Despite any concerns about hydrogen evolution, testing has repeatedly shown that after fully curing, the bond between galvanized reinforcing and concrete exceeds that of black steel, eliminating the need for the extended lap splices required when using other coated bars. Design codes treat black steel and galvanized steel the same, a point worth review if your company does any of its own design work. I have encountered situations where engineers incorrectly used coated bar (epoxy) values for galvanized bar laps and development lengths, adding unnecessary cost. The choice between using bar galvanized before cut and bend or material galvanized after fabrication may be dictated by your contract drawings or left up to you. Both methods are a part of ASTM767. If you are purchasing coated bar that is intended for fabrication after galvanizing this should be discussed with the galvanizer and it is best to specify ASTM 767 Type 2 bars to avoid problems with excessive cracking and flaking, as Type 1 bars are prone to do. Type 2 bars can be handled in the shop in the same manner as black bar with no special equipment or rollers necessary. Cut ends need only be touched up using zinc rich spray paint to meet the ASTM 767 requirements. Again, bars with heavier coatings Type 1 may also be bent under the specification, but touch up may be required in the bend area if flaking does occur. Successful galvanizing of ductile type 1 coatings generally requires significant experience with the product. Test runs of material processed by the intended galvanizer are recommended before committing large amounts of material to a type 1 bending program. ASTM 767 requires the use of larger pin diameters when bending black bars before galvanizing. Table 2 in that specification lists a 6d pin for grade 60 bars #3 through #6 and a 8d pin for #7 through #12 bars. These larger pin diameters are intended to minimize cold working stresses which may be exacerbated by the galvanizing process. When black and galvanized reinforcement are used together in concrete a bimetallic couple is created between the zinc coating and the black. Just as zinc corrodes preferentially to protect steel at breaks in the zinc coating, so will the zinc coating where it contacts the back rebar. Because the black rebar mat is such a large surface area the quantity of Zn consumed at the contact point could be significant. However, it should be noted that zinc consumption would only occur if the black rebar is exposed to conditions (chloride and moisture levels) that cause the black steel to corrode. Some designers choose to isolate the galvanized mat against this occurrence by using dielectric tape or another other isolator at points of contact. Even with isolators, care should be taken to insure adequate concrete cover of the black bar to prevent damage from corrosion of this material Purchasing There are several avenues via which a contractor can acquire galvanized bar for his shop. Historically the most common has been to contract with a rebar fabrication shop to cut and bend the needed material, arrange to have it galvanized and then deliver it to the contractor in a finished package. Larger precasters may buy black rebar from the mill, cut and bend it themselves and arrange for their own galvanizing. The third option is to purchase pre-galvanized bar that is then cut and bent as needed on the shop floor. The purchasing documents should clearly state the standards to which conformance is required, including bar grade and any mill restrictions if any. Any extra contract provisions from your contract requirements that are beyond what is in the standard should be noted in writing. I recommend that any testing or inspection not included in the Standard Specification that you expect the galvanizer to perform be called out as a separate line item on your purchase order, even if there is no charge. You will want have a record of it being requested. When purchasing bar which has been fabricated and then sent to galvanizing by a rebar shop, it is strongly recommended that you ask to meet with both the fabricator and the galvanizer to review your purchase order requirement s and your expectations before releasing the purchase order. Galvanizers universally charge by the finished, galvanized weight and your purchasing documents should reflect that. A 45,000 pound truckload of black material sent to galvanizing will be invoiced back to you at approximately 47,700 pounds times the quoted galvanizing rate per pound. Inspection The norm for the galvanizing industry is that material should be accepted on their yard, or conversely, upon your receipt of the material. If approval by another agencies representative is required you should seek to have this done upon arrival of the material if possible. Many agency inspectors are unfamiliar with hot dip galvanized coatings and may have questions or be unsure about certain aspects of galvanizing. The American Galvanizers Association publishes an excellent inspection manual specific to galvanized reinforcing that is well worth the nominal cost to purchase a copy. Most agencies list their acceptance criteria for galvanizing as a signed copy of a Certification of Compliance letter from the galvanizer referencing a particular shipment. This letter should accompany the shipment to your plant. The most common problems with galvanizing can be identified through a simple visual inspection. Material with sharp drip spikes which may be dangerous to handle may be rejected as may material which is fused together. Isolated black spots which appear to be from under the coating are repairable if small in size, but excessive frequency or spots which in their aggregate exceed 2% of the bar surface should be rejected. Stains which appear to wholly rest on top of the coating surface are usually cosmetic in nature and not cause for rejection. Embrittlement Testing While A767 does not require embrittlement testing, some State or other agency specifications do call for certain tests to be performed. When mandated, the specification will usually reference procedures in either ASTM 615 (for pre-galvanized bar) or ASTM143 (post galvanized bar). Since these tests are not part of A767 and outside the scope of usual and customary practices at most galvanizing plants, care should be taken to insure that any such tests are discussed with the galvanizer before work commences and that these tests will be performed correctly and will satisfy specification requirements. Costs for such performing such testing may be charged by the galvanizer as an separate service item or rolled into the overall galvanizing cost. Since this testing is destructive, sufficient additional material must be provided to the galvanizer to conduct it. Unless other arrangements are made, embrittlement testing (when required) should be performed by the galvanizer before shipping. Placing Galvanized rebar can be installed in the same manner as uncoated reinforcing. Because it is UV stable and highly damage resistant there are no real limits as to how far in advance of a pour it can be put in place nor is there a need for elaborate placing schemes to minimize damage to already installed bars. Any touch up is minimal and usually caught before a bar is installed. ASTM A780 outlines several methods to repair galvanized coatings, of which the most widely used is zinc rich paint, sold in either brush on or spray form. Paints should have dry-film zinc content greater than 92%, and paints meeting this criterion are widely available at industrial supply and paint centers nationwide. Galvanized tie wire or plastic clips should be used when assembling or installing galvanized bar, and bar supports should also be galvanized steel, plastic or some other inert material such as masonry. If mechanical couplers are being used, they should be galvanized as well. Galvanized bars may be welded in the field with the Architects / Engineers authorization. In most cases they will want the base steel to meet ASTM 706. Welding of galvanized reinforcing steel should conform to both American Welding Society AWC D1.9, and with AWS ZWC, which calls for welds to be made on steel that is free of zinc adjacent to the weld to prevent strength reduction through zinc inclusion in the weld itself. The zinc coating shall be removed at least one inch from either side of the intended weld zone and on all sides of the steel part by grinding or equivalent means. Once the weld is completed, the coating in the area of the weld can be repaired using procedures described in ASTM A780 to complete the corrosion protection on all surfaces. Fumes from welding galvanized steel can contain zinc, iron and other noxious substances, and proper ventilation that minimizes worker exposure to fume is essential. The specific precautions are found in ANZI/ASC Z-49.1 Safety in Welding, Cutting and Allied Processes. Handling and Storage of Material Galvanized bar may be handled in the same manner as uncoated ‘black’ bar. There is no requirement for special slings or fork lift blades covers to unload or move it. Galvanized material is 100% UV stable and can be stored outside with no damage from exposure to the sun or weather. It does not need to be covered. It is suggested that bar be stored off the ground on wood dunnage, and that normal precautions be taken against handling damage to avoid snagging and bending individual bars. Galvanized material should be stored away from uncoated steel racks chains etc as these uncoated items have a tendency to bleed rust stains onto the galvanized surface, often mistakenly diagnosed by inspectors as “rust bleeding through”.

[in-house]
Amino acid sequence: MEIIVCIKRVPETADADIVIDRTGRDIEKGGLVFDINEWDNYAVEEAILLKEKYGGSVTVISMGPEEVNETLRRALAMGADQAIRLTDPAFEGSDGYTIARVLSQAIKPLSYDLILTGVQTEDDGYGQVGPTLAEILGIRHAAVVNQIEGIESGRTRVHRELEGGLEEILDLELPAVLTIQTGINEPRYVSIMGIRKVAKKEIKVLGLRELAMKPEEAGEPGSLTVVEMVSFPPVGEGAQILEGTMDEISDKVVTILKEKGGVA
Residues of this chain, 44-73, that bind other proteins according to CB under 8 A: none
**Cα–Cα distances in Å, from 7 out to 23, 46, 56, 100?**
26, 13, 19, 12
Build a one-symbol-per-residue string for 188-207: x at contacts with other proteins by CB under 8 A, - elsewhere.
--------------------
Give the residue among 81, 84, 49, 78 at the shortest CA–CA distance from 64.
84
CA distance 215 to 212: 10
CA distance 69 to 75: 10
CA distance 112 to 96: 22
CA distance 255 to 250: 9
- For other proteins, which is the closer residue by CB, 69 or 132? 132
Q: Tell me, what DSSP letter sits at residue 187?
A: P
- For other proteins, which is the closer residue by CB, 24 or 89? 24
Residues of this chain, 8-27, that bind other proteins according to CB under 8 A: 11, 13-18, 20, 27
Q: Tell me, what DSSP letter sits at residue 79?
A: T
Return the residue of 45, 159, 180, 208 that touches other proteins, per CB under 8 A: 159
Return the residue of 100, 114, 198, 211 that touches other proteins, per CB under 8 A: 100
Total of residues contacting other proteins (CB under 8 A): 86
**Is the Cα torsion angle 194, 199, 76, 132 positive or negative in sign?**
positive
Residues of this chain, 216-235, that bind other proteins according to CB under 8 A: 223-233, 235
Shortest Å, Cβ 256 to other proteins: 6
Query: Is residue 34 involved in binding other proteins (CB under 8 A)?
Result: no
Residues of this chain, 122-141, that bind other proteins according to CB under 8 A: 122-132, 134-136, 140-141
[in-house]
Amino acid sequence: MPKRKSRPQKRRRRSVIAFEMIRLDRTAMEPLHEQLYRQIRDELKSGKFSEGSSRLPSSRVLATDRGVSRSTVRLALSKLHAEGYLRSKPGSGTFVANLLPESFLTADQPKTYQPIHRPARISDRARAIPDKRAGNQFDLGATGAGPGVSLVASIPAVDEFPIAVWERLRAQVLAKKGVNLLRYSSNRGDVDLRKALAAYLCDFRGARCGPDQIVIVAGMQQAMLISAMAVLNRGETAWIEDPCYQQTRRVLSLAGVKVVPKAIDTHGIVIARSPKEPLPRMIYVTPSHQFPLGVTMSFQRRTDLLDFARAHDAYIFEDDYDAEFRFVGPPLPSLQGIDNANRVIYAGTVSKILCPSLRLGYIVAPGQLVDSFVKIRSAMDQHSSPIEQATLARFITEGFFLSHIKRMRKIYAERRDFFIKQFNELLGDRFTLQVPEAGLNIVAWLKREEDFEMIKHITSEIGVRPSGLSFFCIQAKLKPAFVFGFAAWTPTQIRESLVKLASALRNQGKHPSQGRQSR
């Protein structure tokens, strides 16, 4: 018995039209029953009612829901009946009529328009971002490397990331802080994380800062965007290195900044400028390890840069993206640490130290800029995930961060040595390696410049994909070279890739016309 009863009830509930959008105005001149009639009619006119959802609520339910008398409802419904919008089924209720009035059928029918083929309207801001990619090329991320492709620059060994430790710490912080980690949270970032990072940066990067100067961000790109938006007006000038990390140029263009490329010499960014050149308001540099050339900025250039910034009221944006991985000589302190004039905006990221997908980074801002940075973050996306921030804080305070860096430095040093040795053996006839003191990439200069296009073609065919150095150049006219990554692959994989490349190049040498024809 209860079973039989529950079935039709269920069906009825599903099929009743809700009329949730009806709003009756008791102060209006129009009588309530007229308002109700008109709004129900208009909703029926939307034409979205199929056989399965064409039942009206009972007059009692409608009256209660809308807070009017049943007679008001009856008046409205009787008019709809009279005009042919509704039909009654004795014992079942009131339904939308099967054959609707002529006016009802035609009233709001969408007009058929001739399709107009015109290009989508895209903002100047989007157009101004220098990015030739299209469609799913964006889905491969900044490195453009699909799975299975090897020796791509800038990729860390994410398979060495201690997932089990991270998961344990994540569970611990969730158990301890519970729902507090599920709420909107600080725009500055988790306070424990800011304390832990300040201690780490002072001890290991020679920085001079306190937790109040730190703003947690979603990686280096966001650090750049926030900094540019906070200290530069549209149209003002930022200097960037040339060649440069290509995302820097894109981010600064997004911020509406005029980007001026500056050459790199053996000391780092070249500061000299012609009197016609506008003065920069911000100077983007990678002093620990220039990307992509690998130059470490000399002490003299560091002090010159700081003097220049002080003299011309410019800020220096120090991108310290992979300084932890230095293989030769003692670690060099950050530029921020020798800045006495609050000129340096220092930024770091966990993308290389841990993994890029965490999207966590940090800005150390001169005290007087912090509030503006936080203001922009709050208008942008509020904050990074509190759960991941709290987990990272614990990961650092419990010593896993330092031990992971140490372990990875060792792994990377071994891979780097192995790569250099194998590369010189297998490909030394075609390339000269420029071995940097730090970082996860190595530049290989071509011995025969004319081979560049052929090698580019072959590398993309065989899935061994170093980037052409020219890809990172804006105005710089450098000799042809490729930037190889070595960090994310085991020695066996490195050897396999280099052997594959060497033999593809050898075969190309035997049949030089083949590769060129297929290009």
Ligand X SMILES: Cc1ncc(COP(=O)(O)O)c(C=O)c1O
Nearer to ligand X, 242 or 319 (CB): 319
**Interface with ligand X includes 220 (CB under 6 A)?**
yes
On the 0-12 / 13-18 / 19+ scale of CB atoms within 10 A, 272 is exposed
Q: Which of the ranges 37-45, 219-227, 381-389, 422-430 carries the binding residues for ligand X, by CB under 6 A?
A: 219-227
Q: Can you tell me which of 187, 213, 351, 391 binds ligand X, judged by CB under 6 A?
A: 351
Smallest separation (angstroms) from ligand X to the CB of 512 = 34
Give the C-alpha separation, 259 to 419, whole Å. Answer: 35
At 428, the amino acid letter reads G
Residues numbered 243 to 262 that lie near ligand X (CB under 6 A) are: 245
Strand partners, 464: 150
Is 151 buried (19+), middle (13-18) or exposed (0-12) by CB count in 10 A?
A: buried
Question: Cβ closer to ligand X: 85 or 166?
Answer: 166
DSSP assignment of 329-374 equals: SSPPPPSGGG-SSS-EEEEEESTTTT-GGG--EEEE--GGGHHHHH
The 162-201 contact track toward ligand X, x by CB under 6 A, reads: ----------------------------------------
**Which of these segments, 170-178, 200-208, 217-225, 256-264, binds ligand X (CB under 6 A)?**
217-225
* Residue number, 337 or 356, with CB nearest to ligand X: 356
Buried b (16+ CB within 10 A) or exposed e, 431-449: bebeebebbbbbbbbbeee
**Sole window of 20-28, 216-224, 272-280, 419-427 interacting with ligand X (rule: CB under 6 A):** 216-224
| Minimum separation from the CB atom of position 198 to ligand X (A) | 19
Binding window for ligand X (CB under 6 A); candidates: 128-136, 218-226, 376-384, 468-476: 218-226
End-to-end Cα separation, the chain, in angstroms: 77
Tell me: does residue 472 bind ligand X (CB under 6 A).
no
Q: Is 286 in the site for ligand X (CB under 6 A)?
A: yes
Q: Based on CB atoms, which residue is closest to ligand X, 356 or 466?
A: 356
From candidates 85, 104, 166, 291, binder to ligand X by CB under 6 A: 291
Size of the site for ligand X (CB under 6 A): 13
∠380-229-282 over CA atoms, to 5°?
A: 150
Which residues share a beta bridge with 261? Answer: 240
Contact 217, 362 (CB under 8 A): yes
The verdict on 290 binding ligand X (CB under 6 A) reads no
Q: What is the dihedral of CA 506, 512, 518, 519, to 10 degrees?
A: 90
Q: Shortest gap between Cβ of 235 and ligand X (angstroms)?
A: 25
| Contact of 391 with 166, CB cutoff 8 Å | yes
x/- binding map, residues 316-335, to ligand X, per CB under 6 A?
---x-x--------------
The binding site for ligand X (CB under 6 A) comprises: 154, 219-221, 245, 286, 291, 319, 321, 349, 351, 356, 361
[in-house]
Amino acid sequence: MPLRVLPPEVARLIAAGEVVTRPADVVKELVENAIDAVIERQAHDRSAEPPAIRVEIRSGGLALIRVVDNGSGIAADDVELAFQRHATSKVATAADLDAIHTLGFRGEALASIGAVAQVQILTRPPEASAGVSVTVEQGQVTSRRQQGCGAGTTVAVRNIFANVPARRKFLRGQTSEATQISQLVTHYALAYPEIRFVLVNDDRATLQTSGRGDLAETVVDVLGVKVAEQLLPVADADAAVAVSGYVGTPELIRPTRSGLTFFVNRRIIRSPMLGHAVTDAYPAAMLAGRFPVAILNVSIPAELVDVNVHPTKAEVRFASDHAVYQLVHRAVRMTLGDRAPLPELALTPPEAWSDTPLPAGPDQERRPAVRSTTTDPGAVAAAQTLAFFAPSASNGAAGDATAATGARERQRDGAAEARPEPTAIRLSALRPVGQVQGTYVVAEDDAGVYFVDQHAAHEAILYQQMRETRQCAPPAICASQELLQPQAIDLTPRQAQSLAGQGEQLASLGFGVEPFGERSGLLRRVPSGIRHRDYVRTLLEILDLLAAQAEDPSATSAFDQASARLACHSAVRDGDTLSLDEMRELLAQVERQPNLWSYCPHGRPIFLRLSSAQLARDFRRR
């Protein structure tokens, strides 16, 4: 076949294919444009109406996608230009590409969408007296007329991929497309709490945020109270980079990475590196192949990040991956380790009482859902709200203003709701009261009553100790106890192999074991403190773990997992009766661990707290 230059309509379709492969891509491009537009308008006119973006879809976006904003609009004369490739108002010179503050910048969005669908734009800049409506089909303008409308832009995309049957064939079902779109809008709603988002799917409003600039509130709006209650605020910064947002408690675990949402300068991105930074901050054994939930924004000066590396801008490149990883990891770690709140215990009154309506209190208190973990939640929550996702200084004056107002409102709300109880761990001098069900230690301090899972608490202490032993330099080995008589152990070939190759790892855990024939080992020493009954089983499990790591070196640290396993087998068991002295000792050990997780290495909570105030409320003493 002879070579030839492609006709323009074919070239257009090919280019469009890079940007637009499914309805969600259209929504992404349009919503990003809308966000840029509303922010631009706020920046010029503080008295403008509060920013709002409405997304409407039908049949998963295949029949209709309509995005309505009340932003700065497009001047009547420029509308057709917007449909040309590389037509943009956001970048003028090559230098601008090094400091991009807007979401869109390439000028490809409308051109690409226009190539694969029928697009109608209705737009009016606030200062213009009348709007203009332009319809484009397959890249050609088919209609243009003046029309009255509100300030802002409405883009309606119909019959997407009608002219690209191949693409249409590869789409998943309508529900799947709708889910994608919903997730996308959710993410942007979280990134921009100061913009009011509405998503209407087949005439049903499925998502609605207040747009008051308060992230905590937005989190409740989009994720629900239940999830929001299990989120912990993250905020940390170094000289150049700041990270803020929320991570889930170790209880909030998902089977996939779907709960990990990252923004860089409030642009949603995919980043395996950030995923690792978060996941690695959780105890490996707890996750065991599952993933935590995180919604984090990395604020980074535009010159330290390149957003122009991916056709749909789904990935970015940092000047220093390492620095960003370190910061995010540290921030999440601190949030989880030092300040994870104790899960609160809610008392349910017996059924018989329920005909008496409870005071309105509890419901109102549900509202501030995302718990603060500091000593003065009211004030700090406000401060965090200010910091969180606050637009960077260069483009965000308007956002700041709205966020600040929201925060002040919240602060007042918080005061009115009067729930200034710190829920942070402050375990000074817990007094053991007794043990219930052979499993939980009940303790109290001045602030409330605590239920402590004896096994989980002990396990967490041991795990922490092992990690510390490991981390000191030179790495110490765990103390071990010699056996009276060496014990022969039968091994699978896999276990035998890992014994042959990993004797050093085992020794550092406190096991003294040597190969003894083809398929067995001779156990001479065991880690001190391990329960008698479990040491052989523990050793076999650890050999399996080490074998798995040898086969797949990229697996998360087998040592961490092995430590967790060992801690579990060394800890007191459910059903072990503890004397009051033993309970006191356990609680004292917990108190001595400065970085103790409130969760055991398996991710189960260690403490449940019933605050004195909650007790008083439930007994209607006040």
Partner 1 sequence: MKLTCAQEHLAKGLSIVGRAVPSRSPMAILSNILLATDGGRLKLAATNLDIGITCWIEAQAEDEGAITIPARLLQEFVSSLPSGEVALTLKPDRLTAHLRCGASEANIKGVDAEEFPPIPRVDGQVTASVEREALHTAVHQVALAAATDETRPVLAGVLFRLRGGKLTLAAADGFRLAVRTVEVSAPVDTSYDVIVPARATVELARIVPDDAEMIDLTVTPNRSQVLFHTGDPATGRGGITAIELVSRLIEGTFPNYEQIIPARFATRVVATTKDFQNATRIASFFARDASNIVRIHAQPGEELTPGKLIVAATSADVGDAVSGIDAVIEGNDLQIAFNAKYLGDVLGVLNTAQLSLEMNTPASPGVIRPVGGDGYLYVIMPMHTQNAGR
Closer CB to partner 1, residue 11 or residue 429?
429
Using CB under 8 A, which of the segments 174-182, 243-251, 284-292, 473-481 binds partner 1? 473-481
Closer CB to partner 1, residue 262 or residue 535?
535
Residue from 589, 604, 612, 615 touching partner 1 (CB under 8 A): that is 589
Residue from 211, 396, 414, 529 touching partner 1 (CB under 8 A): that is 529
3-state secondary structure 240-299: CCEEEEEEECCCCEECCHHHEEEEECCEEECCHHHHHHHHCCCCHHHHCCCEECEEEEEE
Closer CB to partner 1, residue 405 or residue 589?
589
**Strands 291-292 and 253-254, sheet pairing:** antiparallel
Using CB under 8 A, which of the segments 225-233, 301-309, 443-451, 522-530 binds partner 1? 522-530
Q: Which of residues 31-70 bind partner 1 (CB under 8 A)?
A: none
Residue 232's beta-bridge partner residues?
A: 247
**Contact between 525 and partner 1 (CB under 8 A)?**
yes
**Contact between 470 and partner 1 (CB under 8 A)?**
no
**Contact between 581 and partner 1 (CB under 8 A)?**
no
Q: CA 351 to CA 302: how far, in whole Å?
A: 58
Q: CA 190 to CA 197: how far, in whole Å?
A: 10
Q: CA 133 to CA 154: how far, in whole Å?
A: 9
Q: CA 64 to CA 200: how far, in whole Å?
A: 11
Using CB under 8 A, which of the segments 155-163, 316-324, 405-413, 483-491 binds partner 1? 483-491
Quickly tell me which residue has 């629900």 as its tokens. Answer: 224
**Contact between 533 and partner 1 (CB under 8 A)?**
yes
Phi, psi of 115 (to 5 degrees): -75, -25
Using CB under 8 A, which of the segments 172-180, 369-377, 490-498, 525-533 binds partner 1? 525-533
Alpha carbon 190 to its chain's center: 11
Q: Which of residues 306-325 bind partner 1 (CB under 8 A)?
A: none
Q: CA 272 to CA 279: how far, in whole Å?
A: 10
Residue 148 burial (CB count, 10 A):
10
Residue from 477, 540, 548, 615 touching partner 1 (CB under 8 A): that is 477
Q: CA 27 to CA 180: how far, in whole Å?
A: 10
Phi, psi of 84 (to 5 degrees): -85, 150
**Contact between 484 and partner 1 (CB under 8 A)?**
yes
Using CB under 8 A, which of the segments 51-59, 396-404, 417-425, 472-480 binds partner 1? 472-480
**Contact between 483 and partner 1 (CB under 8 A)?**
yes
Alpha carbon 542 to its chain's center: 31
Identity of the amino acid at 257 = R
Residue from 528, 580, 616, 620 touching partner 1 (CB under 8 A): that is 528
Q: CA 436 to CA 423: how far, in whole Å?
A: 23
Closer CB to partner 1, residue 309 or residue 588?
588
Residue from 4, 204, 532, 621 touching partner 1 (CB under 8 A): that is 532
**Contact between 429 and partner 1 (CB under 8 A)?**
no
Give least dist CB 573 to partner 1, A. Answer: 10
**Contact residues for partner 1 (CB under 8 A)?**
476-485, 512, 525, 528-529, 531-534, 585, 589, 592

The following organizations have excellent resources available to answer questions, with staff engineers available to assist with galvanizing questions at no charge, provide copies of research data, design guides and inspection manuals for free or at nominal cost:
International Zinc Association
Mr. Doug Rourke (PE)
American Galvanizers Association
Dr. Tom Langill
1 800 hot-spec
South Atlantic Galvanizing
Mr. Carl Maki
803 261 3314
All illustrations are used with the permission of the International Zinc Association